BOLDR Expedition — Hands-on (p)review
To our regular readers and to those who follow the microbrand watch scene, the BOLDR name might ring a bell. After the Journey chronograph that we reviewed here, and the Odyssey automatic dive watch that known an immense success on Kickstarter, they will go live on November 1, with a new project, the Expedition, a collection of automatic field watches, one better looking than the other. They sent me two prototypes to write this review and seriously, I can’t decide which one is my favourite. Usually, when it comes to a watch collection, there is always one that really stands out, but with these two Expedition models, I’m completely in love. This might spoil the entire review, but when it comes to design, specs and comfort the BOLDR Expedition is on the top of my 2017 microbrand list.
There will be six models, all named after the world’s most challenging mountains: the all-black Kilimanjaro with white hands, indexes and numerals, the Rainer with black case and dial with a matte grey internal bezel, the Fuji with a stainless steel case and mat grey dial and bezel with Orange C numerals, the Rushmore with stainless steel case and black dial and finally, the Everest with its blue dial and the Eiger with white dial and black bezel that we will inspect in this review.
As these are prototypes, I can’t tell you much about the packaging but based on my experience with the Journey chronograph, I’m expecting that the designers at Boldr have put a lot of thought into the packaging of the final product. When I accepted to review these watches, my curiosity was picked by a lume picture (more about the lume later) and when I opened the package I was blown away by the overall look of these two watches. The way the dial colour is matched with the canvas strap, the matte finish of the case and the buckle, everything just comes together in a beautiful way that oozes quality. It looks and feels solid, reliable and professional, just as a tool you would trust your life with.
There are watches that don’t need too much explaining — think of those racing chronographs that just by looking at them you can feel the smell of burnt tires. The same way the Expedition radiates adventure, it just takes you above the clouds where the air is rare and the snow never melts. You strap one of these babies on and you are ready to conquer places that few people dared to approach.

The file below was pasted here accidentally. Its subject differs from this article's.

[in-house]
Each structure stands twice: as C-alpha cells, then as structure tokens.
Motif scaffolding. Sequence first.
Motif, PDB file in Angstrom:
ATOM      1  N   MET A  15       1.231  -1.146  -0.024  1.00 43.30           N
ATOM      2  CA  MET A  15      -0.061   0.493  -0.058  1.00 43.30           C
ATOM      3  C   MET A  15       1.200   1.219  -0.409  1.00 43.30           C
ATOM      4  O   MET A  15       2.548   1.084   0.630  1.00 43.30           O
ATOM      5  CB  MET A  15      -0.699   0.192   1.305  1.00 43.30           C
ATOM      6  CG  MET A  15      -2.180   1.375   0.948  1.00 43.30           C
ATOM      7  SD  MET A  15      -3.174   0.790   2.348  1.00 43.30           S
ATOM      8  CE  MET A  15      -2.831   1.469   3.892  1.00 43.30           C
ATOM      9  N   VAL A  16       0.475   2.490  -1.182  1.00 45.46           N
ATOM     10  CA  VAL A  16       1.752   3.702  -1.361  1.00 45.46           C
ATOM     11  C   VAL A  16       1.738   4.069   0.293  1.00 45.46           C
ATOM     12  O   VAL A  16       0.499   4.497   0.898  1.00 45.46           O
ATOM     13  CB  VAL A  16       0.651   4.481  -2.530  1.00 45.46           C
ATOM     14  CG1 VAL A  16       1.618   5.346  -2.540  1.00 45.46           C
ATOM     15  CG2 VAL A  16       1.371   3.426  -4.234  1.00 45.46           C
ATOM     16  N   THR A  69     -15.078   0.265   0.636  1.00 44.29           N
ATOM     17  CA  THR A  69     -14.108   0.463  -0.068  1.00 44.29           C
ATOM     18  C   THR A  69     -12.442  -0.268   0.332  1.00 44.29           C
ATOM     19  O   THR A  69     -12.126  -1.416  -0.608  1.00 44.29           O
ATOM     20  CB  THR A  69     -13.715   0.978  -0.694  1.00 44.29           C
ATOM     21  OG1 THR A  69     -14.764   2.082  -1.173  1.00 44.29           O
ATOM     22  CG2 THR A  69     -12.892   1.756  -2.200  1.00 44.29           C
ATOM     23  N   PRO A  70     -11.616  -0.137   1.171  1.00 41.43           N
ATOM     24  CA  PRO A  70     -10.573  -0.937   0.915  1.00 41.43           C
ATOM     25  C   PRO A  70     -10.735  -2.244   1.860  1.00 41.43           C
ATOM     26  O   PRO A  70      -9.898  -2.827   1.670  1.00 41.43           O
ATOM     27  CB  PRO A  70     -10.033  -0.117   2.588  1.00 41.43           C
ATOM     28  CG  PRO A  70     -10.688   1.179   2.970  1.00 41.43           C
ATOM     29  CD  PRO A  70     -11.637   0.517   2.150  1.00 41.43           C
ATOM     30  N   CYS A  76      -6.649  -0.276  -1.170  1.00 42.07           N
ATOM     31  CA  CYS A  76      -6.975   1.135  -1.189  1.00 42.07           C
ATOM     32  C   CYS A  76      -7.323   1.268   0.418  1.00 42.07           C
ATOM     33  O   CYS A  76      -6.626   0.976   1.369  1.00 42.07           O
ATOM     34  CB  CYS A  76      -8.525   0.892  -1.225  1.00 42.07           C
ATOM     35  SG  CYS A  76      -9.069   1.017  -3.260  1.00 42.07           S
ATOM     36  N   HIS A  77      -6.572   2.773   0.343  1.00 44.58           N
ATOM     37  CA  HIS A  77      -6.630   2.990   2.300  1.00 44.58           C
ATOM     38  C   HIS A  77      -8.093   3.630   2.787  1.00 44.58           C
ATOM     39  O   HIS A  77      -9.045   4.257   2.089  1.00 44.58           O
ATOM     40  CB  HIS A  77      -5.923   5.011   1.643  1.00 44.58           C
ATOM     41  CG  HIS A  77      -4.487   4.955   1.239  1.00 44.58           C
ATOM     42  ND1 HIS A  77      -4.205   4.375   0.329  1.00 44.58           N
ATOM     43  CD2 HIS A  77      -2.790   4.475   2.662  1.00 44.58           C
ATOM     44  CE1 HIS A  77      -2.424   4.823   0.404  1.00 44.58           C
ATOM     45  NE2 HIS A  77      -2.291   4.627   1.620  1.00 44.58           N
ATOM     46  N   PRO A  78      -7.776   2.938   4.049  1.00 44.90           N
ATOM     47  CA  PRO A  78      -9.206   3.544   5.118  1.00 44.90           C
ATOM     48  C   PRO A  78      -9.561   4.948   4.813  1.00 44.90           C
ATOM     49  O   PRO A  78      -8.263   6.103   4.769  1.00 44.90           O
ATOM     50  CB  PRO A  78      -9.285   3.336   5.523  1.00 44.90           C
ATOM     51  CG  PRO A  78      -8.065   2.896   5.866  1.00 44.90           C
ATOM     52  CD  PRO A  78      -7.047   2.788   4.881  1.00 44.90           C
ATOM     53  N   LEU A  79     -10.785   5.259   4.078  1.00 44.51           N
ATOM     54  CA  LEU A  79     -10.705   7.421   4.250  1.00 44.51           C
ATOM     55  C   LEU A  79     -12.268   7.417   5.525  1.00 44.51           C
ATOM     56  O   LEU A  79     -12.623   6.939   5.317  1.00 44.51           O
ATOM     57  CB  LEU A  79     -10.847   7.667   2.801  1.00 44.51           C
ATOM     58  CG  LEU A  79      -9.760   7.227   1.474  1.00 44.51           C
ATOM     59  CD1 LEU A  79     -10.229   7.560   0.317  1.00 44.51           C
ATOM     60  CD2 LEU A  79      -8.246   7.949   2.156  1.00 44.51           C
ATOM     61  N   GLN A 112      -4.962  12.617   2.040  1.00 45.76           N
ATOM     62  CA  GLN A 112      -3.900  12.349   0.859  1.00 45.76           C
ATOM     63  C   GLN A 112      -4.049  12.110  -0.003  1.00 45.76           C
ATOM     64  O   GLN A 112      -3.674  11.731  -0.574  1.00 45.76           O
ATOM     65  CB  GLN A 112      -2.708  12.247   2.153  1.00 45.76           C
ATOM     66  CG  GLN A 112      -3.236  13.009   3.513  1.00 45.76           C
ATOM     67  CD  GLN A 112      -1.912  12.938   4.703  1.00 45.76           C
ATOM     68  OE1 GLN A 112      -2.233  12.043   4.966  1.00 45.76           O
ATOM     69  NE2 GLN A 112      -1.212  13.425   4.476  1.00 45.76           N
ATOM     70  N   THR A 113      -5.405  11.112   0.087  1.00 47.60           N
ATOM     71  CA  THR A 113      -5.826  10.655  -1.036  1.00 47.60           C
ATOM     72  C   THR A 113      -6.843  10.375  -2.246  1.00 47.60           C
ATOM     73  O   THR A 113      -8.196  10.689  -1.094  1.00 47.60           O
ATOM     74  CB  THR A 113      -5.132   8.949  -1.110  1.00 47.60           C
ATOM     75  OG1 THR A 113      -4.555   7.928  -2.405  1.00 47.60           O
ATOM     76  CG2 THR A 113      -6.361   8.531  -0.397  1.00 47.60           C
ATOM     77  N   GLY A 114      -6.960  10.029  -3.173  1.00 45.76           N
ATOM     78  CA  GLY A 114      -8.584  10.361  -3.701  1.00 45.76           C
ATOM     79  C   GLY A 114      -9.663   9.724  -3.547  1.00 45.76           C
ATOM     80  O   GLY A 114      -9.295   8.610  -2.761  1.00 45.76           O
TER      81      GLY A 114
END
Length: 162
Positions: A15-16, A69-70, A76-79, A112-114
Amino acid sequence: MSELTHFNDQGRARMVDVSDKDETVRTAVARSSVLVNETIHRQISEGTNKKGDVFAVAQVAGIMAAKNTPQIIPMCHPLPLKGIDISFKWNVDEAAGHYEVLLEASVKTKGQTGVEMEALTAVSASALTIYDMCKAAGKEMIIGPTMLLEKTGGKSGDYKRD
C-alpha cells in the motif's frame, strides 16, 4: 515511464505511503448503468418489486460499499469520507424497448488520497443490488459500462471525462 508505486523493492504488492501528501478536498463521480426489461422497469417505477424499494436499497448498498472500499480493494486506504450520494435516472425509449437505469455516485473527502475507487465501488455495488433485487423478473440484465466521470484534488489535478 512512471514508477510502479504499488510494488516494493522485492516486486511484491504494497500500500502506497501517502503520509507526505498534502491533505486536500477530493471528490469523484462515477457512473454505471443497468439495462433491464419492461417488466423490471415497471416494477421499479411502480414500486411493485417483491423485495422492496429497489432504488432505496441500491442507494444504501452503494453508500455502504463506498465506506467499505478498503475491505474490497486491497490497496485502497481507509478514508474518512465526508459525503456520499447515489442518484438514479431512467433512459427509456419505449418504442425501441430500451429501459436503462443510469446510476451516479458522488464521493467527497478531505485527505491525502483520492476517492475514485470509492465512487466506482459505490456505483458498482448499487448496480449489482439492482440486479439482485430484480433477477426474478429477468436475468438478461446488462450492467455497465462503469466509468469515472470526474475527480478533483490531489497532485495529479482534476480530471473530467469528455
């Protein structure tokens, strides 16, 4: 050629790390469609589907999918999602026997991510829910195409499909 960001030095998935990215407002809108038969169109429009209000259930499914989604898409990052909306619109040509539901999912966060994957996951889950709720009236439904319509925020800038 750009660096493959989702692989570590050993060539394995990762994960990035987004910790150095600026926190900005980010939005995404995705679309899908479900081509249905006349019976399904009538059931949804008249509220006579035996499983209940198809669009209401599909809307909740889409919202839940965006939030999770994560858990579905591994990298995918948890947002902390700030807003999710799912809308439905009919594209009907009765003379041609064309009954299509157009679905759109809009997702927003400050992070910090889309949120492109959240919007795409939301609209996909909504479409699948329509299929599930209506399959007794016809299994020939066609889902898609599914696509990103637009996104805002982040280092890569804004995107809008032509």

As I mentioned earlier, I would have a hard time choosing between these two models, the obvious difference between them is the colour of the dial and that of the strap. In both cases, the orange accents on the crown and the second hand bring an interesting twist to the overall design. You just can’t miss them and it multiplies the cool-factor of the watch. Under the domed sapphire crystal, the Eiger has a black internal rotating bezel with minutes and cardinal points that is complemented by a white dial and highly visible hands. With the Everest, they’ve opted for an all-blue colour scheme and when it comes to the shade of blue, they just nailed it — it is a toned-down camouflage blue that works great with the overall spirit of the watch. While these pictures were shot on a beautiful sunny day, the same blue on a dark day looks a lot darker, almost black. In any case, reading the time on both of these watches is very easy.
The back of the watch puzzled me a bit, I was not sure what those lines are, I first thought it’s a protective plastic, but then I realized those are contour lines showing elevations. In the meantime, Boldr sent me a picture of the back the way it will actually look on the production model. I’m not sure if they thought of it, but it would be mighty cool to have different backs for the different models, showing a map of the mountain after which the model was named.
Behind the see-through back, you can find an automatic Swiss Sellita SW200-1 that features hacking seconds hand and a power reserve of 38 hours. I would have loved these watches just as much with a Japanese movement too, but having a Sellita beating inside will definitely appeal to many.
Let’s turn off the lights and let the Expedition shine. Again, I’m undecided… I’m a big sucker for lume-coated dials, so the Eiger speaks to me, but the Everest is just as cool.
Before we would wrap up our exploration of the Boldr Expedition, I’m not expecting everyone to share my excitement for these watches, but if you are in the market for a field watch, you have to give the Expedition a serious thought. As of today, the project is live on Kickstarter, with Early Bird prices starting at US$389 (full retail is expected to be $599). Go check out the other models too: https://goo.gl/K4C6C8
Movement: Sellita SW200-1
Diameter: 41 mm
Lug-to-lug: 48 mm
Thickness: 14.5 mm
Case: 316L stainless steel
Water resistance: 20 atm/ 200 m
Crystal: double dome, sapphire with AR coating
Strap: military-grade canvas with calf leather lining
More details at www.boldrsupply.co